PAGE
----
"e;Trampoline"e; is that rare kind of book, a first novel that feels like a fourth or fifth. It is a roaring tale that knows when to tamp its own fire which is another way of saying that it is funny as hell but will hurt you too. "e;Electric Literature"e;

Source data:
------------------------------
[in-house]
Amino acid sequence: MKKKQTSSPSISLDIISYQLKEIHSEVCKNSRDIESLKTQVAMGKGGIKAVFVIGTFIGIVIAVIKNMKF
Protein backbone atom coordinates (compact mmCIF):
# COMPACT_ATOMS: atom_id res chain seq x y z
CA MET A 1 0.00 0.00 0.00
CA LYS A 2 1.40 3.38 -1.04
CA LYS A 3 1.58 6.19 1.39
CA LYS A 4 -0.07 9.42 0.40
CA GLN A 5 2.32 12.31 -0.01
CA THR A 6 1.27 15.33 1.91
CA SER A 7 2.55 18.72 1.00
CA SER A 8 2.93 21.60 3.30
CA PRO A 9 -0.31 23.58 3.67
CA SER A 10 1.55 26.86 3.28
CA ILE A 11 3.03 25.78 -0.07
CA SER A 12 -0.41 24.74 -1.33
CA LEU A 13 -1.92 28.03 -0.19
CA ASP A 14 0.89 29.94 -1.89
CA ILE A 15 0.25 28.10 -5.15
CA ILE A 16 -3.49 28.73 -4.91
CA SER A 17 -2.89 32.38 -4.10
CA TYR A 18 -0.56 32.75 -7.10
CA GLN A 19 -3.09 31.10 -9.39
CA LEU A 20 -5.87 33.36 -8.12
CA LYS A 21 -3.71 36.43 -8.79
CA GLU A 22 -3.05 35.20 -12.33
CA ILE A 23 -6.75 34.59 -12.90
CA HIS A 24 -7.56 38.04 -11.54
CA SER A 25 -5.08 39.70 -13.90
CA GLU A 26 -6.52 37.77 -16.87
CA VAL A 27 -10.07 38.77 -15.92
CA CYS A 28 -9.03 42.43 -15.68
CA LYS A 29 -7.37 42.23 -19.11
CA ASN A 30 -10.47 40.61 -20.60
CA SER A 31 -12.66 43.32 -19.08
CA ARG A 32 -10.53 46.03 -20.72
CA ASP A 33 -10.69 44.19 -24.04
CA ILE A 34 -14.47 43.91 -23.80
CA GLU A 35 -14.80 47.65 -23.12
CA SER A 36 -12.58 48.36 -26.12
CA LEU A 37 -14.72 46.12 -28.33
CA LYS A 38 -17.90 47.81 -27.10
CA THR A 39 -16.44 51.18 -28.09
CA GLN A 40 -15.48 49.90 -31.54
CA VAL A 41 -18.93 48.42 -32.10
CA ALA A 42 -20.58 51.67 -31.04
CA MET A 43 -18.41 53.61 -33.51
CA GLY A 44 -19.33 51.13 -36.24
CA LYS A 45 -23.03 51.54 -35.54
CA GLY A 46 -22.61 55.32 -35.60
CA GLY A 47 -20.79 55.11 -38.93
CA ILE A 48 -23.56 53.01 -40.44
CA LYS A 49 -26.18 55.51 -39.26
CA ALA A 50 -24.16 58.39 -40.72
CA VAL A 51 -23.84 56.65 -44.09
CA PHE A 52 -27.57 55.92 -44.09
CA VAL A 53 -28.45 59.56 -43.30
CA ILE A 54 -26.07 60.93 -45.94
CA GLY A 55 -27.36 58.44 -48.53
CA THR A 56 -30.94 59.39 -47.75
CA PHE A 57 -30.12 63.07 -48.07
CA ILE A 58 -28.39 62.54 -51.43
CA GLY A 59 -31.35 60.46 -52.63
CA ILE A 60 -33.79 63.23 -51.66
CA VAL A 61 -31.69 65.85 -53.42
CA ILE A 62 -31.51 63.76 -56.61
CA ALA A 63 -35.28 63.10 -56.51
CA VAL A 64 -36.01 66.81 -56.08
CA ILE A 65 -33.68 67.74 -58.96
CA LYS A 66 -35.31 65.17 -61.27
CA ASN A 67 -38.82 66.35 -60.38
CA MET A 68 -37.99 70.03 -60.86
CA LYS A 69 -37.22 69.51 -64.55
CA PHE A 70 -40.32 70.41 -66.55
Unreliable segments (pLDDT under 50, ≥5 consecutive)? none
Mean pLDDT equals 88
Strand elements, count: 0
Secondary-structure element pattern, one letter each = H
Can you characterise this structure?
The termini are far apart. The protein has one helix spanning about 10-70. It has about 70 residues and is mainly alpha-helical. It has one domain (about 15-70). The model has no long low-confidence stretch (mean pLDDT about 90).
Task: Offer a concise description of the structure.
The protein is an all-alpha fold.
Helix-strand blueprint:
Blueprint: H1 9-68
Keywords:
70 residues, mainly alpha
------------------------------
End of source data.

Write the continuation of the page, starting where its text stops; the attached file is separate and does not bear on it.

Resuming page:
Dawn Jewell is fifteen. She is restless, curious, and wry. She listens to Black Flag, speaks her mind, and joins her grandmother s fight against mountaintop removal mining almost in spite of herself. I write by ear, says Robert Gipe, and Dawn s voice is the essence of his debut novel, "e;Trampoline."e; Jagged and honest, "e;Trampoline"e; is a portrait of a place struggling with the economic and social forces that threaten and define it. Inspired by oral tradition and punctuated by Gipe s raw and whimsical drawings, it is above all about its heroine, Dawn, as she decides whether to save a mountain or save herself; be ruled by love or ruled by anger; remain in the land of her birth or run for her life.